The driver is longer so the swing will be a bit longer than an iron swing. I definitely do not make adjustments in terms of takeaway or downswing intention.
RE Drivers vs 3 wood or less off the tee...
On some of the tougher courses in my area I have scored some of my best rounds challenging the par fours with driver even when a lay up could easily get me to 150 in. I know where I can miss there. 150 in is a benchmark of sorts for me.
That said when traveling and playing even tougher courses that I am playing for the first time I usually play conservative off the tee. Often for me on serious courses going for a par five in two is by far the wrong decision. Really with game I have I just am not going to get at par fives It's so obvious where they give you room just looking at the scorecard. Often driver off the tee same thing. Just depends on the course/hole and ones capability. 90 percent chance of a good lie 155-160 out is way better than a 50 percent chance at getting to 120-130 in without being in trouble. Often with elevated multi tiered greens you need to be able to land it correctly for a two putt par.
Driver is a very important club
Regarding Shawn Clement. I followed him for a short while and I can see how his instruction might be helpful for certain people. He has some great tips and illustrations of "how" to perform certain actions that may or may not resonate depending on the individual. What he does not do however, is give one a good reason why and it is left up to the student to figure out. Granted he also employs a couple of just plain weird interpretations one of which is his comparison to a downhill skier's bobbing motion. I understand why he uses this, but also could be easily misconstrued by most. His main objective appears to get someone into position to repeat some basic moves. His practicing the "one leg" swing for example is all about not swaying. The bobbing motion is akin to dropping into the slot on the downswing. Either of these two could get you into trouble if you do not understand what you are trying to achieve. He really does not do a good job of explaining why and just goes on the assumption that you "get it". That being said, his methods work very well for some and I truly believe he is good at what he does.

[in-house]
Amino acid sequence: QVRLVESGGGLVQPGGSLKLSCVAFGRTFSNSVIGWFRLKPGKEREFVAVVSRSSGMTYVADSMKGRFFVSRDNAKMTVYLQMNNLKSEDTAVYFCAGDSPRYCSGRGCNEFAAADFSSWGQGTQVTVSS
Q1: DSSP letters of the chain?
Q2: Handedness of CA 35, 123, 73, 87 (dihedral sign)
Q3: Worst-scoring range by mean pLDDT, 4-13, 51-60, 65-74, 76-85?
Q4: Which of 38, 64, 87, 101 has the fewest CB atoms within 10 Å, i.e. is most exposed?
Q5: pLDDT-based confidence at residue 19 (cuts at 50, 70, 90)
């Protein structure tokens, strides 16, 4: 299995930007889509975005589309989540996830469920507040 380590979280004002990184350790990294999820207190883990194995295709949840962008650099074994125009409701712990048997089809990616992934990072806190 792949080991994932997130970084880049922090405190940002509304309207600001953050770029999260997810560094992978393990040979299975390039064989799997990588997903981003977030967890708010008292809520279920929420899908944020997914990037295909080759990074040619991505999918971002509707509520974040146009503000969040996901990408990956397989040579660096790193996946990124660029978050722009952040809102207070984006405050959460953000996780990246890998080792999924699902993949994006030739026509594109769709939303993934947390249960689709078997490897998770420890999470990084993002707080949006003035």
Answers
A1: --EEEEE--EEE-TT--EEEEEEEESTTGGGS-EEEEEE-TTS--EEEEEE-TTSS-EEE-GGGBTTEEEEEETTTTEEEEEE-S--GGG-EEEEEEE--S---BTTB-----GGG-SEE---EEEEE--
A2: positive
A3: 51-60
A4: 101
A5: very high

He is not alone in this. There are a number of instructors that seem to have taken ownership of a one-size-fits-all piece of instruction and they focus mainly on just a few points. One emphasizes "powerless arms" another "body pivot". This is not to say they do not have other really good bits, but these are the most prevalent and can be seen repeating in many of the different videos they put out.
I have a favorite, but won't espouse my preference here. Its just that I understand immediately what he is trying to get across and his delivery is one that works for me. He can be very simple, yet if needed, as technical as any.
Anyway...my views. Yours may differ and that's okay too,